PTHREAD_ATTR_SETSTACK(3) Linux Programmer's Manual PTHREAD_ATTR_SETSTACK(3)
pthread_attr_setstack, pthread_attr_getstack - set/get stack attributes in thread
int pthread_attr_setstack(pthread_attr_t *attr,
void *stackaddr, size_t stacksize);
int pthread_attr_getstack(pthread_attr_t *attr,
void **stackaddr, size_t *stacksize);
Compile and link with -pthread.
Feature Test Macro Requirements for glibc (see feature_test_macros(7)):
_POSIX_C_SOURCE >= 200112L || _XOPEN_SOURCE >= 600
The pthread_attr_setstack() function sets the stack address and stack size attributes of
the thread attributes object referred to by attr to the values specified in stackaddr and
stacksize, respectively. These attributes specify the location and size of the stack that
should be used by a thread that is created using the thread attributes object attr.
stackaddr should point to the lowest addressable byte of a buffer of stacksize bytes that
was allocated by the caller. The pages of the allocated buffer should be both readable
The pthread_attr_getstack() function returns the stack address and stack size attributes
of the thread attributes object referred to by attr in the buffers pointed to by stackaddr
and stacksize, respectively.
On success, these functions return 0; on error, they return a nonzero error number.
pthread_attr_setstack() can fail with the following error:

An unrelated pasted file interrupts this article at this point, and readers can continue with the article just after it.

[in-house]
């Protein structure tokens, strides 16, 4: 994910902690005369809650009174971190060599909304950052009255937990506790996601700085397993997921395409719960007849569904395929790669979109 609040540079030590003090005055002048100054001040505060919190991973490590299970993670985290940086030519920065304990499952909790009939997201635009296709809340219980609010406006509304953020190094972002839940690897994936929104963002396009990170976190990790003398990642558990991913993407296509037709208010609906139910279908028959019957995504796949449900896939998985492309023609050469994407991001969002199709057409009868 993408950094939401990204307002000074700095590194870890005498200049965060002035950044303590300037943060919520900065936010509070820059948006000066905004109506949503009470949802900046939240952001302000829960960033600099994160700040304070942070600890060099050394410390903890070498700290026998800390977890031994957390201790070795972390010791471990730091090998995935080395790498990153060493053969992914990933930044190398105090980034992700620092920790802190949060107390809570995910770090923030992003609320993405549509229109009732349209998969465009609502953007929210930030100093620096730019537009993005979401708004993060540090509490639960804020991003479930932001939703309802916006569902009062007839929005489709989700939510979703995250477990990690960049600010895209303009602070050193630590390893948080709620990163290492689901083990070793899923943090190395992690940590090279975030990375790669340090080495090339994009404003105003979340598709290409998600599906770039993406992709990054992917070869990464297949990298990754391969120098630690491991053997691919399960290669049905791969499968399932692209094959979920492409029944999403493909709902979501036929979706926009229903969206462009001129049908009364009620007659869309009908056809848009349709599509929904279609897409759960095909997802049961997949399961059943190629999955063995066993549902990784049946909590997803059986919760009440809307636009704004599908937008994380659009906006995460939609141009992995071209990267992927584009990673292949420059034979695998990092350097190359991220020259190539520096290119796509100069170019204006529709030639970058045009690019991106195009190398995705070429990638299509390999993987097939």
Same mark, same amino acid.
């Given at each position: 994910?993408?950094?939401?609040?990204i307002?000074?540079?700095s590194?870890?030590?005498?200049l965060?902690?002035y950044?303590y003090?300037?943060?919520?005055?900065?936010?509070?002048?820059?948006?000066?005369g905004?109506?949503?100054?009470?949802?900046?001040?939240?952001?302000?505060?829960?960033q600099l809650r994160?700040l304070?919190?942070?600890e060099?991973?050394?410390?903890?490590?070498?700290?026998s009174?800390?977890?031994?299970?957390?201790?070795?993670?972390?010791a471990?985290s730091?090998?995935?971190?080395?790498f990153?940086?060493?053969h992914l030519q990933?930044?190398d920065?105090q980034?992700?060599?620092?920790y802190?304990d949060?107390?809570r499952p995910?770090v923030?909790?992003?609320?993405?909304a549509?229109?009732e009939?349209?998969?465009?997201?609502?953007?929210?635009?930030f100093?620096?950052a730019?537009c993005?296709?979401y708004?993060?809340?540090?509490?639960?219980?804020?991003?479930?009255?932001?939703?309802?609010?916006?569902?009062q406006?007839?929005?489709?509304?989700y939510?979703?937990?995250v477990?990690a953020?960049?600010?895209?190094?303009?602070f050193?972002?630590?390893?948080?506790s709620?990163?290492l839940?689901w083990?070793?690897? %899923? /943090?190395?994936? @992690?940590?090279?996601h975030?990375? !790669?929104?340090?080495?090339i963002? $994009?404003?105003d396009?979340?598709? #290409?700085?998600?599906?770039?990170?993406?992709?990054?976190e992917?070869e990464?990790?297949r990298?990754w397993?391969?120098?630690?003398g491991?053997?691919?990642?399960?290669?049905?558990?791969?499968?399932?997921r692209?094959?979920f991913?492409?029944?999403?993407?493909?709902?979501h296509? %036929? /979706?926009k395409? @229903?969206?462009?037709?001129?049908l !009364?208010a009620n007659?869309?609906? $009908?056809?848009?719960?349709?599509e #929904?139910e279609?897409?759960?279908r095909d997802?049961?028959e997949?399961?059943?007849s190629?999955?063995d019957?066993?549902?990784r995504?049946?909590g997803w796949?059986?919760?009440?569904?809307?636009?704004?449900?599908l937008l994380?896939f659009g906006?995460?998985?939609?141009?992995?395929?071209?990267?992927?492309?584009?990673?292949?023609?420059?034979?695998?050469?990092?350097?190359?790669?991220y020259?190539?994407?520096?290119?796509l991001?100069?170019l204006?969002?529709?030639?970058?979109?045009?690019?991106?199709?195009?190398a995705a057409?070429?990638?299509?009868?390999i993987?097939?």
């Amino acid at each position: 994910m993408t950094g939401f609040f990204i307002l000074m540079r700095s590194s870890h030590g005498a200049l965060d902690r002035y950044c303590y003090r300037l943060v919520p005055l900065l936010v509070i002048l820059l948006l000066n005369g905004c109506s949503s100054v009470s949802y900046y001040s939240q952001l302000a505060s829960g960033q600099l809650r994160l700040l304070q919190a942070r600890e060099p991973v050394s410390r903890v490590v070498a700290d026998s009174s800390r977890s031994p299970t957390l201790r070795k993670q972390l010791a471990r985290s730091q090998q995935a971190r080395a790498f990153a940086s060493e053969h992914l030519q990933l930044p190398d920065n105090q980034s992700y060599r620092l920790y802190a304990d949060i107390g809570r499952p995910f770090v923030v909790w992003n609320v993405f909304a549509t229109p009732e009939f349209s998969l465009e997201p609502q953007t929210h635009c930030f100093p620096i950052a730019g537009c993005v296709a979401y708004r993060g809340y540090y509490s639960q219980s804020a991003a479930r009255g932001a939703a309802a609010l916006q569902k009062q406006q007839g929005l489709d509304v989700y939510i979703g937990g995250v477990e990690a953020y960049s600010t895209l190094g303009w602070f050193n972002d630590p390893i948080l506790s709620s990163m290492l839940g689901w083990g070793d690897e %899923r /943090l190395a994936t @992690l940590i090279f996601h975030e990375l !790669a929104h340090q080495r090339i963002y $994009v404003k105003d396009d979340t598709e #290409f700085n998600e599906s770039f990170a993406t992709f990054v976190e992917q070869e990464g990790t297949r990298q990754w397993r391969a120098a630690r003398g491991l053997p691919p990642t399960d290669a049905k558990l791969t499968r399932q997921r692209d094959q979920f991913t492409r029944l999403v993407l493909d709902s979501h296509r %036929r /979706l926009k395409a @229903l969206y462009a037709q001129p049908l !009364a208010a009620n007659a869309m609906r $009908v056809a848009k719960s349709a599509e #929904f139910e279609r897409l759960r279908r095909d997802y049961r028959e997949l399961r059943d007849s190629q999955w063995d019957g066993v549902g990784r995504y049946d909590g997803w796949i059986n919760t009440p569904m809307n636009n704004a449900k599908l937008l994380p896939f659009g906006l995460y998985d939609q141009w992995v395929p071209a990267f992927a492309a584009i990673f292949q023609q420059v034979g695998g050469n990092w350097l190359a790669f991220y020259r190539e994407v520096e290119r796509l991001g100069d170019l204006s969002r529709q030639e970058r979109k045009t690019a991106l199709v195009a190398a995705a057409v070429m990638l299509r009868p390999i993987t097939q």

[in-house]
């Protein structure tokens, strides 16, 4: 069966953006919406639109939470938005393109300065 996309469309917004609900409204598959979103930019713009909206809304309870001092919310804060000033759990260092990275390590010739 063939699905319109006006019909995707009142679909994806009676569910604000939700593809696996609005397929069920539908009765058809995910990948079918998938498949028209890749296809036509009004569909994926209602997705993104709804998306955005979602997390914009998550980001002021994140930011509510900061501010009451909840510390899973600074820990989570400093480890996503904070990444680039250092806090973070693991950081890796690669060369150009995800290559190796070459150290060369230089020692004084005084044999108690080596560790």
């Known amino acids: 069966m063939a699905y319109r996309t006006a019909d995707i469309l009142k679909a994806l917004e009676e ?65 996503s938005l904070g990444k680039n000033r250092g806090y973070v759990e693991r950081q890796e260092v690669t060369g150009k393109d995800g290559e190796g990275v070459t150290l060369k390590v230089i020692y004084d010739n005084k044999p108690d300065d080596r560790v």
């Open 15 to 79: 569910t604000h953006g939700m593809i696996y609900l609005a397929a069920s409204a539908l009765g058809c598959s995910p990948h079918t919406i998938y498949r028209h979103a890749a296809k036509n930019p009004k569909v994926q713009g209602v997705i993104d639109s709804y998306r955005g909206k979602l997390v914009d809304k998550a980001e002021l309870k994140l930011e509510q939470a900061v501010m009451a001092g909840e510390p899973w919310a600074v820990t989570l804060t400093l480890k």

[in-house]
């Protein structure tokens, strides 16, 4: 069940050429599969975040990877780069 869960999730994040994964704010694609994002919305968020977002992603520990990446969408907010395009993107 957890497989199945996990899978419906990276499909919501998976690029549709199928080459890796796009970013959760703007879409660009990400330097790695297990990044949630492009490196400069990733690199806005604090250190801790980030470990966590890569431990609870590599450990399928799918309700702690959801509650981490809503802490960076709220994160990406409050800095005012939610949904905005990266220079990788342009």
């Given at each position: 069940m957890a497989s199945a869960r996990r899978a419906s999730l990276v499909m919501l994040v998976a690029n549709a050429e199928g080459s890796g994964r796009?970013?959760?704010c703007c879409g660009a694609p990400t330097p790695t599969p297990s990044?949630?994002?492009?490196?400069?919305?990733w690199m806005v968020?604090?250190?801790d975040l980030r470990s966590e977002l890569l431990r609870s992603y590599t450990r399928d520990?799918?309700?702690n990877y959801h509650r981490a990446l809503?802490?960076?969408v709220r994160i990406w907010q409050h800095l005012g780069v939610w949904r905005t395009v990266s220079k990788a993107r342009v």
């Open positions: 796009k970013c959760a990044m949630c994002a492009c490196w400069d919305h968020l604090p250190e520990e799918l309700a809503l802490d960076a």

EINVAL stacksize is less than PTHREAD_STACK_MIN (16384) bytes. On some systems, this
error may also occur if stackaddr or stackaddr + stacksize is not suitably aligned.
POSIX.1-2001 also documents an EACCES error if the stack area described by stackaddr and
stacksize is not both readable and writable by the caller.
These functions are provided by glibc since version 2.2.
These functions are provided for applications that must ensure that a thread's stack is
placed in a particular location. For most applications, this is not necessary, and the
use of these functions should be avoided. (Use pthread_attr_setstacksize(3) if an appli-
cation simply requires a stack size other than the default.)
When an application employs pthread_attr_setstack(), it takes over the responsibility of
allocating the stack. Any guard size value that was set using pthread_attr_setguard-
size(3) is ignored. If deemed necessary, it is the application's responsibility to allo-
cate a guard area (one or more pages protected against reading and writing) to handle the
possibility of stack overflow.
The address specified in stackaddr should be suitably aligned: for full portability, align
it on a page boundary (sysconf(_SC_PAGESIZE)). posix_memalign(3) may be useful for allo-
cation. Probably, stacksize should also be a multiple of the system page size.
If attr is used to create multiple threads, then the caller must change the stack address
attribute between calls to pthread_create(3); otherwise, the threads will attempt to use
the same memory area for their stacks, and chaos will ensue.
mmap(2), mprotect(2), posix_memalign(3), pthread_attr_init(3),
pthread_attr_setguardsize(3), pthread_attr_setstackaddr(3), pthread_attr_setstacksize(3),
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Linux 2008-10-24 PTHREAD_ATTR_SETSTACK(3)